Exploring the effect of news message complexity on cognitive complexity and attitude extremity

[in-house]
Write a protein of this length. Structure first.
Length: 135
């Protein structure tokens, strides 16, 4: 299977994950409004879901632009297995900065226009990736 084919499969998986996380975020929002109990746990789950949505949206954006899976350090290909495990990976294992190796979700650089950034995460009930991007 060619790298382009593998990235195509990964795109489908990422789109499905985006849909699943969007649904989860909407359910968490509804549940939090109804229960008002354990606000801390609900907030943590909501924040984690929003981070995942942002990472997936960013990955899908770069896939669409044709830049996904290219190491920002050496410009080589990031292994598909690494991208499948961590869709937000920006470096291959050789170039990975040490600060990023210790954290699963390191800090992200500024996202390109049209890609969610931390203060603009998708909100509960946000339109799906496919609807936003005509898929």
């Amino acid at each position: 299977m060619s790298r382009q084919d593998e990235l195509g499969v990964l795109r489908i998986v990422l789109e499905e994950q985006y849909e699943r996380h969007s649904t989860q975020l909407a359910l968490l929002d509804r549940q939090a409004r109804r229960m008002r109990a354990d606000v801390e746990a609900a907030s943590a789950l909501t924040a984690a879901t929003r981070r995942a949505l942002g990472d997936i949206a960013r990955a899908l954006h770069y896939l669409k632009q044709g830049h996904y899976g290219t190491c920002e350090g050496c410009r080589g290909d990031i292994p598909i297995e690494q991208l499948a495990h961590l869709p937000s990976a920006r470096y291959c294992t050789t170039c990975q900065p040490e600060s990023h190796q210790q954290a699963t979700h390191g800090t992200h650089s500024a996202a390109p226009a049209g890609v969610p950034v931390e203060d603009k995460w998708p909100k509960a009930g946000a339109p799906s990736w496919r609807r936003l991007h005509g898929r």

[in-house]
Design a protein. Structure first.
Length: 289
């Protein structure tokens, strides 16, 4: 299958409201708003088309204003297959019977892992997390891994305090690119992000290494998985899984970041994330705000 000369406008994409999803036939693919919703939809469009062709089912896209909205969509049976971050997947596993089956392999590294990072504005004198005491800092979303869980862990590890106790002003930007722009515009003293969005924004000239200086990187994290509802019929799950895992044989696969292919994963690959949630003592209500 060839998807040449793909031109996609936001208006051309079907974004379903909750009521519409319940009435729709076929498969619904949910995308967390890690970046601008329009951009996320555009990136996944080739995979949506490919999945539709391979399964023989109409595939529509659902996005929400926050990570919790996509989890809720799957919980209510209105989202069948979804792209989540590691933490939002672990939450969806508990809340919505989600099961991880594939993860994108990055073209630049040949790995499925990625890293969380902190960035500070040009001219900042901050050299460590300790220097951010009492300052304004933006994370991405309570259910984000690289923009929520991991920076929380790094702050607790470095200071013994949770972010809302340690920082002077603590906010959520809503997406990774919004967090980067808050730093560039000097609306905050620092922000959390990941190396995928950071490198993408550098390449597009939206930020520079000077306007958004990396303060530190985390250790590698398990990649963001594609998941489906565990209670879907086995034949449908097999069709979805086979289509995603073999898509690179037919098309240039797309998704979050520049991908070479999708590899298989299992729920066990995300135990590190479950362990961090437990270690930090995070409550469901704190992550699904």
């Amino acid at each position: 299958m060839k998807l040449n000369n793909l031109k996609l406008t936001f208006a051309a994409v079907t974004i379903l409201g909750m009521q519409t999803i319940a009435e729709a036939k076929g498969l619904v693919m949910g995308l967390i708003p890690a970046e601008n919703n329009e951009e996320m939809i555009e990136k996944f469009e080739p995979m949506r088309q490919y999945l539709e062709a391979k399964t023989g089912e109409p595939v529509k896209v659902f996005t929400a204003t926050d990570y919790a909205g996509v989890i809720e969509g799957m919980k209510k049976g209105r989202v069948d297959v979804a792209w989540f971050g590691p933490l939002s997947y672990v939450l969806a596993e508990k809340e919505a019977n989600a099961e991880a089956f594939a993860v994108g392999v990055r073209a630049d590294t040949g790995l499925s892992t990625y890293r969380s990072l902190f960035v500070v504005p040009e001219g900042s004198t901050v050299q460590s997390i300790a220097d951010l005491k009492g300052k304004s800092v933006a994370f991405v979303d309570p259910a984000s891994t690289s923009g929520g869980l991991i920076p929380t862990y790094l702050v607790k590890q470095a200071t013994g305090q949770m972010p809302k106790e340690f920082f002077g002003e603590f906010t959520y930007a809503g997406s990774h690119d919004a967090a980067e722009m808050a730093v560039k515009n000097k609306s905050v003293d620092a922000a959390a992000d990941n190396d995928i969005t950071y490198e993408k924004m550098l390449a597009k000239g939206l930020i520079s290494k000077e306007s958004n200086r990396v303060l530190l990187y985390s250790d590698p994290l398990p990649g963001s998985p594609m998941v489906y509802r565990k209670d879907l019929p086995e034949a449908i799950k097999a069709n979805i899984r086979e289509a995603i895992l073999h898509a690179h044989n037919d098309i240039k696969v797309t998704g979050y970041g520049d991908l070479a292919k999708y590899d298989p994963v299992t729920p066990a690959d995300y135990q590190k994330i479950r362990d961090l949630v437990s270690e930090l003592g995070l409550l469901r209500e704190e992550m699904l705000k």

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This thesis explores how the number of perspectives presented in a news story influences cognitive complexity and attitude extremity. I hypothesized that a news message featuring more than two perspectives – a complex story - would lead to an increase in cognitive complexity, defined as the number of elements a person associates with an issue (differentiation) and the strength of connections made between those elements (integration). Additionally, I predicted that heightened levels of cognitive complexity would result in more moderate attitudes toward the subject of a news story and that cognitive complexity would mediate the relationship between story complexity and attitude extremity. The results from this 2 x 2 mixed-design experiment found that an increase in the number of perspectives in a news article leads to an increase in one component of cognitive complexity, integration, but not the other component, differentiation. The results do not support the hypothesis that cognitive complexity mediates the relationship between message complexity and attitude extremity. Aside from testing these hypotheses, a goal of this experiment was to measure integration, often thought of as cognitive cohesion, in two different ways. This paper compares these measurement techniques and how they reflect varying conceptualizations of cognitive cohesion throughout different streams of literature.